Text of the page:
Wednesday, August 1, 2012

Recipe: Apricot Stuffed Pork Roulade

Pork, in every form, is indigestible and should never be eaten by persons of weak digestion, by young children, nor by the old and feeble. The Picayune’s Creole Cook Book 1901

If anyone thinks this is indigestible they're crazy.
Oh, really???? I beg to disagree with that intro quote.

Not much to say about today’s post, running a bit late for some reason. 

The pork roast has to be cut open like a triptych (or a 3-panel brochure).
At least we have finished the process of listing our house. It should appear on MLS either today or tomorrow. So *in theory* I should be able to spend a little more time on interesting topics for you to read about.

I’m not saying this one's not interesting, just that I don’t have a lot of background on it. This post is actually a good one and am surprised I haven't posted it sooner. It’s delicious.

In lieu of butcher's string I resorted to turkey skewers, only
because my string is packed away...
I have been making this rolled roast for more years than I care to remember – and it always is a hit. The onion, sage and apricots complement the pork perfectly. It’s also a pretty easy recipe to make that’s also short on ingredients.

If you couple all that with the ability to roast vegetables with the pork you’ve pretty much got a meal you stick in the oven and forget for an hour.

This recipe is perfect for a busy weekend meal, or even for company when you would prefer to spend your time with them rather than in the kitchen.

I think it came from a magazine originally but I’ve changed it up so much that I can confidently call it mine. 

I have also made this in the winter using dried cranberries instead of apricots. That’s amazing too. You could even use a blend of dried fruits. Figs, pears, apples... (Apples and/or pears with sage would be great.)

To serve more people get a long roast. It’s not the circumference of the roulade but the length that will determine how many slices you get, and therefore how many people you can serve. Usually 2 slice per person will do.

Brown the roast an all sides.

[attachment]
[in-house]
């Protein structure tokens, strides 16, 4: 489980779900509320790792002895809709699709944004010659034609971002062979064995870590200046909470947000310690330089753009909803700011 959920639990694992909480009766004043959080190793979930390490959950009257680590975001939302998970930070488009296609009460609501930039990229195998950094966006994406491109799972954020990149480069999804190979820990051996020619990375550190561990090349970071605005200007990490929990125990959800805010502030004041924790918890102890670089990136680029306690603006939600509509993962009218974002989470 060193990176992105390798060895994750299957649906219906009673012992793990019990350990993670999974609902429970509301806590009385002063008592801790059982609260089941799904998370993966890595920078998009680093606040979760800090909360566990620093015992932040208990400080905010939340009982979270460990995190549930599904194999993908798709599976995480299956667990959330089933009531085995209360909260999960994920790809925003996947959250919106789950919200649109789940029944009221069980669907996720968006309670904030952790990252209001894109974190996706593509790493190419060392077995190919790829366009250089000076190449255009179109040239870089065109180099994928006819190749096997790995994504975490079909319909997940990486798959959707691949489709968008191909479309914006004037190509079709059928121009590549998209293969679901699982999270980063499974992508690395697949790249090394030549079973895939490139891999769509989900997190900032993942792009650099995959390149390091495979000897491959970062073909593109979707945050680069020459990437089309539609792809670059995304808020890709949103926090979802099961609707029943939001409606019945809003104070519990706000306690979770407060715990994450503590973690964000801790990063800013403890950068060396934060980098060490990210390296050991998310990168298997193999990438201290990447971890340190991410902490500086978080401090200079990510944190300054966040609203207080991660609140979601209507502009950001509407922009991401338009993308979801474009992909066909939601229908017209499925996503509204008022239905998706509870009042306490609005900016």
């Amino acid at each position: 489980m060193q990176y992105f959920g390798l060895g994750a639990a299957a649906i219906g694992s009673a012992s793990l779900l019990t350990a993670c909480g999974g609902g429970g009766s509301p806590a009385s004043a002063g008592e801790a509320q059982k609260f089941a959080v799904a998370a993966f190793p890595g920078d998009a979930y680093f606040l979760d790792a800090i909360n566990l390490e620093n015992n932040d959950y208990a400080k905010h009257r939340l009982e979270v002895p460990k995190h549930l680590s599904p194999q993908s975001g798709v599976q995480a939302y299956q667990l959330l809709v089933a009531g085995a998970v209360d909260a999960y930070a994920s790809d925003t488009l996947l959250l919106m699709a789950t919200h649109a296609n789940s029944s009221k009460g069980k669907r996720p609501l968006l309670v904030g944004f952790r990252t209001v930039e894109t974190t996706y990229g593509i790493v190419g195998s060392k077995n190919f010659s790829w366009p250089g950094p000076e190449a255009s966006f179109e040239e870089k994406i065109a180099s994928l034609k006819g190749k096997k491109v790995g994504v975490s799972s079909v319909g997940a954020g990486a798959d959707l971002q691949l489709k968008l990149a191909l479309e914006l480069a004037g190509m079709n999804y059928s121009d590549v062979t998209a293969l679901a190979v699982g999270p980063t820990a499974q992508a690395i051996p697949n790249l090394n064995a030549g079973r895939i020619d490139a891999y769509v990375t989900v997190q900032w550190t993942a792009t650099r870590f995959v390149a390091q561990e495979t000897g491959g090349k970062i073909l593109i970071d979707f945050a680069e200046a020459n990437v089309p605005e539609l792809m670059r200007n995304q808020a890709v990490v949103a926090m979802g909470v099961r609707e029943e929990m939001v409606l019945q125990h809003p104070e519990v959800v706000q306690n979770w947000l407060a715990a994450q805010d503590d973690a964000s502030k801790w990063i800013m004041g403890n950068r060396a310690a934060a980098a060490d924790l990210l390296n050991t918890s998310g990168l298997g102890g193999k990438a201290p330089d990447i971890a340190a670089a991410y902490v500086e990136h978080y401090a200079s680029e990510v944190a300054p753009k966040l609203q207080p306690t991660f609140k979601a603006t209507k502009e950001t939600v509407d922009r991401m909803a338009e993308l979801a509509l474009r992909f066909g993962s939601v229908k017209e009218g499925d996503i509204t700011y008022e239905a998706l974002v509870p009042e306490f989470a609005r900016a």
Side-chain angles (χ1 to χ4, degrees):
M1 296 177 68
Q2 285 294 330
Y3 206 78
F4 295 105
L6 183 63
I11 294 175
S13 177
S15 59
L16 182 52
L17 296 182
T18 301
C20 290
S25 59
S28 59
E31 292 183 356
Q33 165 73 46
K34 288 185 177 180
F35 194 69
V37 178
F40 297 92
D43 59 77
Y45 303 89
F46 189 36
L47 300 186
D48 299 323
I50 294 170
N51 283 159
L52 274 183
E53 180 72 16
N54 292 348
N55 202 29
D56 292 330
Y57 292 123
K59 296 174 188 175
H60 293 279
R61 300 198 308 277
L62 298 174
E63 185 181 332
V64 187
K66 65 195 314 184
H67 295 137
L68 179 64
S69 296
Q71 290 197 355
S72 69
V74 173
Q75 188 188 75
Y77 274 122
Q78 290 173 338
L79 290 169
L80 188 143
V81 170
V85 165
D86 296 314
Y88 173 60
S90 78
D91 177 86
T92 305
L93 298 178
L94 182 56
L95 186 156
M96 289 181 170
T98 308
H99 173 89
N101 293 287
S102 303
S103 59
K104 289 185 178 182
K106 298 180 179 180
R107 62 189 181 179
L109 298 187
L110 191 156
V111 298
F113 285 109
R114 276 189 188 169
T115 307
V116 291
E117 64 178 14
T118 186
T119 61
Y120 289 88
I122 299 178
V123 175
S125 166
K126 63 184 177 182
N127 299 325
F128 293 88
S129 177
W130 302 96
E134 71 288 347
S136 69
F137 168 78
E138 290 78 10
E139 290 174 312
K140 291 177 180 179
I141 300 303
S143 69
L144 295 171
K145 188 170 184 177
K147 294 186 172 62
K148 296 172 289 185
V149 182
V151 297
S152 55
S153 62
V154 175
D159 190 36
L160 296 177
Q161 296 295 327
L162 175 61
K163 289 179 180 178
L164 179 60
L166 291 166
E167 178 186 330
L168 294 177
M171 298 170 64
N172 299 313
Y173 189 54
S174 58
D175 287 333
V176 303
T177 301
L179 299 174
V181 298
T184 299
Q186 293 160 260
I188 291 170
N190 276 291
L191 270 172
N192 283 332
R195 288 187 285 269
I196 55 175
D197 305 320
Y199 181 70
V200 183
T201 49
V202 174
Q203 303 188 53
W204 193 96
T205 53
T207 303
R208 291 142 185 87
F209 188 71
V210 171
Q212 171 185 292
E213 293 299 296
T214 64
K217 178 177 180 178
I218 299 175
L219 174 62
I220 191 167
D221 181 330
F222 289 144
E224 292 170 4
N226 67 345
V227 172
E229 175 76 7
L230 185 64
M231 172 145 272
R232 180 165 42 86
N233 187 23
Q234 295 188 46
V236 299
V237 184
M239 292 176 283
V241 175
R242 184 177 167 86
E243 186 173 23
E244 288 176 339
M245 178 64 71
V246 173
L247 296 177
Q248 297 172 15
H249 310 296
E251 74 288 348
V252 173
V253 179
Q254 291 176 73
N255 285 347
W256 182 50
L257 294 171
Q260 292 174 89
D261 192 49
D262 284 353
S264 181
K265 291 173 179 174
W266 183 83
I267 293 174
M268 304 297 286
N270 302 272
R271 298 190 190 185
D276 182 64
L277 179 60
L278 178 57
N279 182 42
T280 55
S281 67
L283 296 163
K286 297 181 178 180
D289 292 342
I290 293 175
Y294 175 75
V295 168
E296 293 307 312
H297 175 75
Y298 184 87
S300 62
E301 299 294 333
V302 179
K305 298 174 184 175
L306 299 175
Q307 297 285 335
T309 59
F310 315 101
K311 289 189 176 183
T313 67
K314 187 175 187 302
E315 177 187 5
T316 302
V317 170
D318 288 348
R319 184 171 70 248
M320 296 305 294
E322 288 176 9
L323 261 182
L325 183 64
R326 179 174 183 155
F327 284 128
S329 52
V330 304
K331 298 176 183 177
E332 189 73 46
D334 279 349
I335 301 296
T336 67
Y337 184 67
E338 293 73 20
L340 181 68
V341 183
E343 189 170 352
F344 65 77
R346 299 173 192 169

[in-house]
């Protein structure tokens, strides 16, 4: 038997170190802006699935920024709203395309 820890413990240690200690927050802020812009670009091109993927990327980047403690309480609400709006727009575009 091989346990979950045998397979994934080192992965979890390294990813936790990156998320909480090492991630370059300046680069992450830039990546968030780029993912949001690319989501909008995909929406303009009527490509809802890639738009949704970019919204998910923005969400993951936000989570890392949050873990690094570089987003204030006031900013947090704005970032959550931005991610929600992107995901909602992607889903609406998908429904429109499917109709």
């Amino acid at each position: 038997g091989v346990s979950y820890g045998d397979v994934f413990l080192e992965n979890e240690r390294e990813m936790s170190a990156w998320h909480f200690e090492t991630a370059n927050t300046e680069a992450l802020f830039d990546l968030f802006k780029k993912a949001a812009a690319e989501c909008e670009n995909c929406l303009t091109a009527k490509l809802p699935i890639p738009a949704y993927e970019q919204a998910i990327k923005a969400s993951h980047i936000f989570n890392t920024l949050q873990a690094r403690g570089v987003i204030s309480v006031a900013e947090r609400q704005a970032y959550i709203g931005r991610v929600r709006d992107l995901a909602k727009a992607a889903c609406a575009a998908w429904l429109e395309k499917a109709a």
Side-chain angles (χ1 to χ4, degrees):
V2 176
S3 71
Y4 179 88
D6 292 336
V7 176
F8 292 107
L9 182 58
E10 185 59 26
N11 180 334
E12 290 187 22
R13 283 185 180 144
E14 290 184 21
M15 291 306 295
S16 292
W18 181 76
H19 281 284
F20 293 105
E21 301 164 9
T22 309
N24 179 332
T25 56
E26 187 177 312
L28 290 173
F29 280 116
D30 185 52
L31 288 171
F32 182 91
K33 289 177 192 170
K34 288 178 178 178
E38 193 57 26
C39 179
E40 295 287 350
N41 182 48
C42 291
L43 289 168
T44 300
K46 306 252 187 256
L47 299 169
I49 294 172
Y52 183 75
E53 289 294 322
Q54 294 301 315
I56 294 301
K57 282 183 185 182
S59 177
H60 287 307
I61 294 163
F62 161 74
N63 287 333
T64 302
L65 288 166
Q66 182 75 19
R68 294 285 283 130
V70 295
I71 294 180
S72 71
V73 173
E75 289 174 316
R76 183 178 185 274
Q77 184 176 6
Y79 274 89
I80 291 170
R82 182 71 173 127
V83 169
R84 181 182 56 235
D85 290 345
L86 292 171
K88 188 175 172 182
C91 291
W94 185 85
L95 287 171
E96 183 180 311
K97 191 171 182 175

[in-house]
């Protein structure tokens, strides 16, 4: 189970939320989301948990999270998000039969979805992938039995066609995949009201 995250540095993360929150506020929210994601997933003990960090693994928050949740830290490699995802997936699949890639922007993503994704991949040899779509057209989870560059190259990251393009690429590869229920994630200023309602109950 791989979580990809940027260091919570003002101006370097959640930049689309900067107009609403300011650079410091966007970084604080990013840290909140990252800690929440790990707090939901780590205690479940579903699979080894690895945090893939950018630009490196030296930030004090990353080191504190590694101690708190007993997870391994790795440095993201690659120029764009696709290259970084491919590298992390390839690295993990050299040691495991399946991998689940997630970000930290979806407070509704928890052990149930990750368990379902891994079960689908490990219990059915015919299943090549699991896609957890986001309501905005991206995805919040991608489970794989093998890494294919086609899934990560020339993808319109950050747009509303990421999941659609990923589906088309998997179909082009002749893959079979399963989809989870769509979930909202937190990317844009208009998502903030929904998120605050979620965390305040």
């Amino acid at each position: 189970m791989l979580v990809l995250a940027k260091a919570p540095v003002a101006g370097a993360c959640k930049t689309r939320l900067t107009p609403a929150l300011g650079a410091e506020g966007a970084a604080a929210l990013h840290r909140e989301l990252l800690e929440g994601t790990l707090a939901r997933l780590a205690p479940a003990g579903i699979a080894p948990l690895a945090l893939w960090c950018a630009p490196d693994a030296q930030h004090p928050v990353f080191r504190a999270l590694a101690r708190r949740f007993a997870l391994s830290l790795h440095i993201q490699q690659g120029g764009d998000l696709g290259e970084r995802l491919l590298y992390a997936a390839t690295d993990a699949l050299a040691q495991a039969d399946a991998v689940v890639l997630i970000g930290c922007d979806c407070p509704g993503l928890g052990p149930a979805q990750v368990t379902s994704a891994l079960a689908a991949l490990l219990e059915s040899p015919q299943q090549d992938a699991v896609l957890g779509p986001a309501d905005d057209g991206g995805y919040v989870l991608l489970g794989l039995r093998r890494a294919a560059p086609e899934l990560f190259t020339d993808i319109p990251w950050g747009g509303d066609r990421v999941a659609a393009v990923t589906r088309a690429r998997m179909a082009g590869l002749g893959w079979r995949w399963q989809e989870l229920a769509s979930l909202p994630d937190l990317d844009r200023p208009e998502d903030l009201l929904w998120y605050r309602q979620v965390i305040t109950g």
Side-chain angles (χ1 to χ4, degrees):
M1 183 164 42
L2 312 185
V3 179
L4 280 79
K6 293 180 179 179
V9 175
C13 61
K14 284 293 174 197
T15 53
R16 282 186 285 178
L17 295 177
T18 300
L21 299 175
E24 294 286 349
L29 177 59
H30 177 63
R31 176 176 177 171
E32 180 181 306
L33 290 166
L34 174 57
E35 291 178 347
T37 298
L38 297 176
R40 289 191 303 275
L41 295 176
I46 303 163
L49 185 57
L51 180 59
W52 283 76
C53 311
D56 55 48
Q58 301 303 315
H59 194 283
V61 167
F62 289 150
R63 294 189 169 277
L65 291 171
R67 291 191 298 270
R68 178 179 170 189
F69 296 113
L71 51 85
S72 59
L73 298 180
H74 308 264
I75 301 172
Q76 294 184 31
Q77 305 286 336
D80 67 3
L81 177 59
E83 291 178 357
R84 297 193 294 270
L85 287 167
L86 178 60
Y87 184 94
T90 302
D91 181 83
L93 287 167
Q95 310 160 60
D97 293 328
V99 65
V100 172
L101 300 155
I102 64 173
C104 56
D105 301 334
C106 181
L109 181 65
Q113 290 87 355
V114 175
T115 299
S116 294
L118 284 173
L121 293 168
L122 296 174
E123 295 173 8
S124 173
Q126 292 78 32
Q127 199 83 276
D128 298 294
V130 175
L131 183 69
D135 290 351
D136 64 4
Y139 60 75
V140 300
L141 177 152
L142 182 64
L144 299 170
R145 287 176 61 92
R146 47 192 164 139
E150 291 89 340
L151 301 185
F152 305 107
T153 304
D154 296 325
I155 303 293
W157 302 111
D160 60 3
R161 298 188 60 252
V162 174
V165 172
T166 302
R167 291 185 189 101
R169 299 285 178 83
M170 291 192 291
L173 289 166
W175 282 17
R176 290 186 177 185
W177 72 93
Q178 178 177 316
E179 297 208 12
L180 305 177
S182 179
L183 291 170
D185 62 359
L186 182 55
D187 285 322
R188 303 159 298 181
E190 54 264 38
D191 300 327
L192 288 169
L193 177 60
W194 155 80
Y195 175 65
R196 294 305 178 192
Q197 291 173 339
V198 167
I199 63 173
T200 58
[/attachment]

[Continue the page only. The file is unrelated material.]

Apricot Stuffed Pork Roulade
Prep: 20 min  |  Roast: 45 min to 1 hour  |  Serves 4
2 lb boneless pork roast
1/3 cup butter (or more)
1 small onion, chopped
3 garlic cloves, chopped
1 cup dried apricots, chopped
1 tbsp fresh sage, chopped
2 cups stale bread, diced
salt and cracked black pepper to taste

Preheat the oven to 385°F.

Prepare the pork roast by slicing it into three equally thick pieces – but ensure you leave them attached. It’s like you’re making a long piece of meat out a round piece. Equal thickness will help in cooking evenly once it’s stiffed.

To do so you will cut down through the roast’s side 1/3 of its thickness. Lat it flat and then from the inside cut again and lay it out flat, cut side up. You will have a piece of meat that is three times the surface area of the original roast.

Watch the temperature so you don't dry out the roast.
See the second photo on this post for what it should look like flattened. Season the surface with salt and pepper.

Melt 1/4 cup of butter in an oven-proof frying pan and sauté the onions, garlic and apricots until the onions soften. Then add the bread and sage. Remove from the heat, add salt and pepper and mix. 

The stuffing should be quite buttery. If your bread seems too dry feel free to add a little more butter.

Pile the stuffing onto the surface of the prepared roast. Roll up, like a jellyroll and tie together with butcher string.

I am moving so my string has been packed away. Luckily I found some turkey skewers in the cutlery drawer. You don’t have to use string, just anything that can go into the oven and will hold the meat into a roll shape.

Heat the remaining butter in the frying pan. Season the roast on the outside and brown in the hot butter on top of the stove. Once browned, place the pan with the roast in the oven.

Bake at 385°F for 45 min to 1 hour, or until the internal temperature reads 160°F.  Make sure you’re reading the meat and not the stuffing or you may have quite a dry piece of meat…

Serve drizzled with any pan juice that has collected during roasting.

By the way, if you put vegetables in the oven while it is warming up they will be roasted by the time the pork is finished.


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